The erstwhile Johnny Rotten sounds off on hating Radiohead, loving Donna Summer, and having his song played for the Queen of England.
Doing an ad for butter can help a punk legend’s career.
Despite having served as lead singer and chief songwriter in two of the most influential bands of all time, John Lydon (The Artist Formerly Known as Johnny Rotten) fell off the musical radar during the past decade. Due to financial hassles with Virgin—the label that distributed most of the Sex Pistols’ product and all of Lydon’s subsequent post-punk albums with Public Image Ltd—he was reduced to appearing on British reality-TV tripe like I’m A Celebrity…Get Me Out of Here! But Lydon took the money he made from appearing in a series of ads for Country Life butter in 2008 and 2009 and resuscitated PiL as a live act. Now, hitting the road in support of his first new album in 20 years (This is PiL, on his own label), the famous contrarian appears to be happier than ever. “I’m John and I never let the bastards grind me down,” he says, “no matter what insurmountable problems the record label or anybody else puts in front of me. And that’s always been the case.”
It’s tough to be modest, and even tougher to resist criticizing Radiohead.
Modesty has never been one of Lydon’s dominant personality traits, but nevertheless, PiL were pioneers in combining post-punk, dub, electronic, and dance music, a recipe that’s been reheated countless times. “An awful lot of today’s music really does owe a lot of its sequences, notes, intonations, and set patterns to PiL,” he says. “And that goes right across the board on all the dance stuff. They’re using our ideas, and sometimes not properly.” Lydon and his PiL-mates still place a premium on live performance. “It’s our philosophy that if you can’t play it live, why the hell are you bothering to record it? This isn’t like a Radiohead album, all fucking blocked up in electronic trickery. We’re real players—a perfect combination of electronica meets acoustic.”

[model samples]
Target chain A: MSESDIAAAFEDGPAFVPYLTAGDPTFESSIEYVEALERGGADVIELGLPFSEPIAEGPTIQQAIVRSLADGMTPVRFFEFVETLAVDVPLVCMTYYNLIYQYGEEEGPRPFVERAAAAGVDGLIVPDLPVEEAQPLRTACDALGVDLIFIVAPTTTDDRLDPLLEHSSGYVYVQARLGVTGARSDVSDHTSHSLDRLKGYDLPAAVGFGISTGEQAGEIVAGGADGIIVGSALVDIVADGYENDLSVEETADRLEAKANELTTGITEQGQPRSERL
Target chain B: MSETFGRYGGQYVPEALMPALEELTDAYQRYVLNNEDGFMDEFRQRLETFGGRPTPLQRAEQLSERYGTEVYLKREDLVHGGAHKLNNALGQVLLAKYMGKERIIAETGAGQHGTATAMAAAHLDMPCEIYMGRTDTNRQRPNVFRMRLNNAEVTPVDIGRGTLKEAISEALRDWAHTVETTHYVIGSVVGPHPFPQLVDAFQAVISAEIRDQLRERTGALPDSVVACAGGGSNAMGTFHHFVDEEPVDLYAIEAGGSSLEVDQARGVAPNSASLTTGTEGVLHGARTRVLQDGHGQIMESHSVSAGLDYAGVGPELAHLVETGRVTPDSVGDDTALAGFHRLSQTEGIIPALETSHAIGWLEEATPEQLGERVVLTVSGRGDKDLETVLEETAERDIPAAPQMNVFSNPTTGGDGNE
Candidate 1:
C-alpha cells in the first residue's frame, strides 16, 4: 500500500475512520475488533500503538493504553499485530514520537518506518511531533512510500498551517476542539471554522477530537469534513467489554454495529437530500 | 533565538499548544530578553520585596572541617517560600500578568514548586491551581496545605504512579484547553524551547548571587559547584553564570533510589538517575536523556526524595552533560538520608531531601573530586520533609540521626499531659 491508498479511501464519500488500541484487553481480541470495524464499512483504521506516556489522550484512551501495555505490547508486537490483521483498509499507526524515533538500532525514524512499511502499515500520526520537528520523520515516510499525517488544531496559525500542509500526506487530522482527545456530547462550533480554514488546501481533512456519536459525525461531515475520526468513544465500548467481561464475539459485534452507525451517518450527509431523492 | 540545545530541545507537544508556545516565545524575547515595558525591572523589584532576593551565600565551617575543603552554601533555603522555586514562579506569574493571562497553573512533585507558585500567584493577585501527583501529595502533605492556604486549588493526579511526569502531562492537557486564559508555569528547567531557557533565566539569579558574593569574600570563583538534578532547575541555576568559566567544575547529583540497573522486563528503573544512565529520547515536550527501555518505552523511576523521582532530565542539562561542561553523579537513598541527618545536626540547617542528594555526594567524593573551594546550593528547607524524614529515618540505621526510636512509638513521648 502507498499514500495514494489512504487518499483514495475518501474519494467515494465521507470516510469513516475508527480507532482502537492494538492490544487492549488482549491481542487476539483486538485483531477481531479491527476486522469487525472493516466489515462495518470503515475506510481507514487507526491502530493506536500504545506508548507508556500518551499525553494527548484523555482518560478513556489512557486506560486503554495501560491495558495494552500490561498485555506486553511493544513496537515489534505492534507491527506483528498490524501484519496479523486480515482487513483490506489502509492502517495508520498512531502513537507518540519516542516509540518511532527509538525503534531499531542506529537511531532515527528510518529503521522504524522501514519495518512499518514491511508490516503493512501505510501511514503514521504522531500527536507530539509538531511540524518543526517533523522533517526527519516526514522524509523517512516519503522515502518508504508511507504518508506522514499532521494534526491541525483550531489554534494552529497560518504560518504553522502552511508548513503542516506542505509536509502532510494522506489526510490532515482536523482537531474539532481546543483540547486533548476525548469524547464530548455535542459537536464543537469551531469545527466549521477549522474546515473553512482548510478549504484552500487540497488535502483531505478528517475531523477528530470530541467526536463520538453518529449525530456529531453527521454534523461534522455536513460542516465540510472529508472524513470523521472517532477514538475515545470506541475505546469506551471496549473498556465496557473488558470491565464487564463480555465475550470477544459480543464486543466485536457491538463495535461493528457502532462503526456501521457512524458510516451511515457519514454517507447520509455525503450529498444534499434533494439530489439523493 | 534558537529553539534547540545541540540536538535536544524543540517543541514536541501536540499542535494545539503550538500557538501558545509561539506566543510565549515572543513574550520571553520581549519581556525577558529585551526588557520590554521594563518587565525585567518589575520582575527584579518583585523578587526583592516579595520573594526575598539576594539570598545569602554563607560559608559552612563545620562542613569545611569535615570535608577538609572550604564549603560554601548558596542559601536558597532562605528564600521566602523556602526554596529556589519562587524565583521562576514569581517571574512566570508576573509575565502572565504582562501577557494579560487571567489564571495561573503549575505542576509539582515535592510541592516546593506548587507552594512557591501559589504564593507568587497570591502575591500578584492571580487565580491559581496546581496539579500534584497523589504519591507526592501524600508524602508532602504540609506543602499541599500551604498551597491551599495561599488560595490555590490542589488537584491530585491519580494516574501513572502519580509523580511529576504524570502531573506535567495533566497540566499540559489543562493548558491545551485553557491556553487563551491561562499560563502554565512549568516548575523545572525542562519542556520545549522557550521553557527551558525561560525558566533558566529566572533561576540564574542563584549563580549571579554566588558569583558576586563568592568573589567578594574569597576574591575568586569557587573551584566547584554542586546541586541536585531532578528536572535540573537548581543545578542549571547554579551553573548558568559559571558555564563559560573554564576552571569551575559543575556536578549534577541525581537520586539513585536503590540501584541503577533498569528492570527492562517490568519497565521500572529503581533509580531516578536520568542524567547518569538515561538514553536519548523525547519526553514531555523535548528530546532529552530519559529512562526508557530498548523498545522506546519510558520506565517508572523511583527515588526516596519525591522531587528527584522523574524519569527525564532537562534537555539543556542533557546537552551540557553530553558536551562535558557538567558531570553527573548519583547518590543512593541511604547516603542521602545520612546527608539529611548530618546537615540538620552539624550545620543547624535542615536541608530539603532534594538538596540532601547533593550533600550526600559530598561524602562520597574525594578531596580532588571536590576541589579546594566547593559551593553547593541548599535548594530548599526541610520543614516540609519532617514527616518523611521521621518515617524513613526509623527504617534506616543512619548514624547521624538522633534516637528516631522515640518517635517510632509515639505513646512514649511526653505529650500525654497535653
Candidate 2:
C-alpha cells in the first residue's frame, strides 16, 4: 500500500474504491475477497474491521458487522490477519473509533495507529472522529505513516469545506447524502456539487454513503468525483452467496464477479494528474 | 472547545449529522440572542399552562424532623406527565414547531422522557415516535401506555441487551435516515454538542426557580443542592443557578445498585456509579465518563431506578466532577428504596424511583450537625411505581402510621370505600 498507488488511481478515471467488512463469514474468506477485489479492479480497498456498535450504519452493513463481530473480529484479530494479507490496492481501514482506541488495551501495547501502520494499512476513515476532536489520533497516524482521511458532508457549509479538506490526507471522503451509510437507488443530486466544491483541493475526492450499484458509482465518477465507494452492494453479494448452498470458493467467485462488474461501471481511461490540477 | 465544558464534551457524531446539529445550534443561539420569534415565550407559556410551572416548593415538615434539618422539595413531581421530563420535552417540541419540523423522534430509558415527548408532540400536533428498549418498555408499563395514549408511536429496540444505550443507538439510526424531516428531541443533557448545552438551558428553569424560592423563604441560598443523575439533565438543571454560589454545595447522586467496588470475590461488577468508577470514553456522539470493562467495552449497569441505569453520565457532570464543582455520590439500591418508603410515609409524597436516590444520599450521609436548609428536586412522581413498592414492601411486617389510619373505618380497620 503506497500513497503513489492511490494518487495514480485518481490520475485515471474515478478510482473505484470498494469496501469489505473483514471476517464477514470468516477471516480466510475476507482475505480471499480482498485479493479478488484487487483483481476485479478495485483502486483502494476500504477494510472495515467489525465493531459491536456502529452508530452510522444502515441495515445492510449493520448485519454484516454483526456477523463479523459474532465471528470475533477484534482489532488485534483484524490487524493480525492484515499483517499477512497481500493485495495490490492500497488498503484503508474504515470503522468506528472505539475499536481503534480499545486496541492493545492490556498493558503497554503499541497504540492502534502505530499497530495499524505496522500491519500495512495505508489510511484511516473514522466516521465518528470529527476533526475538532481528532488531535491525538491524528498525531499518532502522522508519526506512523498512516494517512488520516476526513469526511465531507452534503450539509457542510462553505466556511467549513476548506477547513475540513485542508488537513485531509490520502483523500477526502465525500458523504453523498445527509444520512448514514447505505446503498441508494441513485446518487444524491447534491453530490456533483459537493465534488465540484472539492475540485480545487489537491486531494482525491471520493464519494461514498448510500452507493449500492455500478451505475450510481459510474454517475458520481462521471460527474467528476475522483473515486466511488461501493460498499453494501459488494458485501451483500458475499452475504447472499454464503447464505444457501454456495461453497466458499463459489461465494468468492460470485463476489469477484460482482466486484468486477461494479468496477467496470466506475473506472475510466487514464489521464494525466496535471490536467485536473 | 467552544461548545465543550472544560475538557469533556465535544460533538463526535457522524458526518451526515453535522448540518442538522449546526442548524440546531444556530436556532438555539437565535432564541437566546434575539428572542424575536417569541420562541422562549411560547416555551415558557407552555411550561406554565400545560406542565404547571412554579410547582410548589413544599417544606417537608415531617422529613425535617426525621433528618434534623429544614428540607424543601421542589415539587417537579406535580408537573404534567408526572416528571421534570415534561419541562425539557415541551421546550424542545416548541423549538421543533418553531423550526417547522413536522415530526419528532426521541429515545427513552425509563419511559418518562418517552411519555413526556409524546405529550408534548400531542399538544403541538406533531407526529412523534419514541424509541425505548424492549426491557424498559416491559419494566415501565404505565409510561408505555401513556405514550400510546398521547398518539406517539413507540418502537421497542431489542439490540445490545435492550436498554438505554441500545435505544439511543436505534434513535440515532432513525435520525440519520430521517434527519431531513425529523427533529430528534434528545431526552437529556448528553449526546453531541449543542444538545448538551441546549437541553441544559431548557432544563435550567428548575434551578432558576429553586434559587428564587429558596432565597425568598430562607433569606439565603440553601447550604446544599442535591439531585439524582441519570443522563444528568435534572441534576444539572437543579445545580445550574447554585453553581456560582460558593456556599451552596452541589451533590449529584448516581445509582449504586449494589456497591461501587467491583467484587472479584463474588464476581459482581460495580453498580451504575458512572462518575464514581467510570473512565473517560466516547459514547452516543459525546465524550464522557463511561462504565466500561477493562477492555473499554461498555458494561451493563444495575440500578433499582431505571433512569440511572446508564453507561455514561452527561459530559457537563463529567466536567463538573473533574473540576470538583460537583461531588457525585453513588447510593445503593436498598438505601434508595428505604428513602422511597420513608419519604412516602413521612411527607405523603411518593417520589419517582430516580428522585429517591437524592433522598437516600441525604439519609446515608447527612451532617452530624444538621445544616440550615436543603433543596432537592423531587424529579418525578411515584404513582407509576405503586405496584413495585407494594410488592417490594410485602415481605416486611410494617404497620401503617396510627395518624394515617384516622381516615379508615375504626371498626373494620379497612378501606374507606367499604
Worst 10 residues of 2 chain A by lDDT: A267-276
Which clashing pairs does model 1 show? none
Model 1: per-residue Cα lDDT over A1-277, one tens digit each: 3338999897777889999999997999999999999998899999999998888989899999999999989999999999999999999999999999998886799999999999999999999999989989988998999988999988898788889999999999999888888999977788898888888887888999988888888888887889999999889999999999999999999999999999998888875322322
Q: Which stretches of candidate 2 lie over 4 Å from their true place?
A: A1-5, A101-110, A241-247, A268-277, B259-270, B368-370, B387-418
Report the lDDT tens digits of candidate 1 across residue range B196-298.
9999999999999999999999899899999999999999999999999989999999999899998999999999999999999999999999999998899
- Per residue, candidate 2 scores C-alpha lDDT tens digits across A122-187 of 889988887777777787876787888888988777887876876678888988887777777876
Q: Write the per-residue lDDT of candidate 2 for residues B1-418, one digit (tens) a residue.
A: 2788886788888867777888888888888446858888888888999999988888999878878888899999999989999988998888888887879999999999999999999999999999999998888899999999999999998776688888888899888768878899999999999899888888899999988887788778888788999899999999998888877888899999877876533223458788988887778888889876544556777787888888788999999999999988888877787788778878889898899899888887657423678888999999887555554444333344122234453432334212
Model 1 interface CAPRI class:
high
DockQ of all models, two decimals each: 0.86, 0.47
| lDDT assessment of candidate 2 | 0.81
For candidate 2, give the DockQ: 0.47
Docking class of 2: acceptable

The Olympics can be really entertaining, even if you don’t care about track and field.
During the opening of the London Olympics, a dozen dancers or so took centre stage and started pogoing to a Sex Pistols track. It turns out that Lydon gave his blessing to event planner Danny Boyle to use the music, because the director “wanted to approach the ceremony from a working-class British point of view.” Of course, this meant that some unlikely spectators witnessed the punk performance: “At the opening ceremony there was the entire Royal Family, all of them in the stadium,” Lydon recalls. “And they’re facing an enormous screen and it’s my face on it for a minute and 30 seconds, screaming ‘Pretty Vacant.’ Listen, that’s a most excellent thing. If you want to understand British culture, there it is—that juxtaposition, all in one building.”
Apparently, disco doesn’t suck.
Although punk and disco were both born in the ’70s and shared a mutual contempt for the hippie movement of the previous decade, proponents of the two genres barely tolerated each other at the time. Back in 1977, it would’ve been shocking to discover that the man who snarled “Anarchy in the U.K.” was a massive fan of Donna Summer—but that was indeed the case. “I loved her,” Lydon confesses. “I got very emotional when she died [in May of this year], because I loved her records when I was young. Those songs are powerful anthems. They affected many different walks of life. They brought couples together on the dance floor; the gay movement used them as the backbeat to get out of their doldrums. She did wonders for black music, period. She shall be missed. Rebellion doesn’t always have to come with a fist.”
Public Image Ltd play The Opera House (735 Queen St. E.) on Oct. 18. 416-466-0313, theoperahousetoronto.com.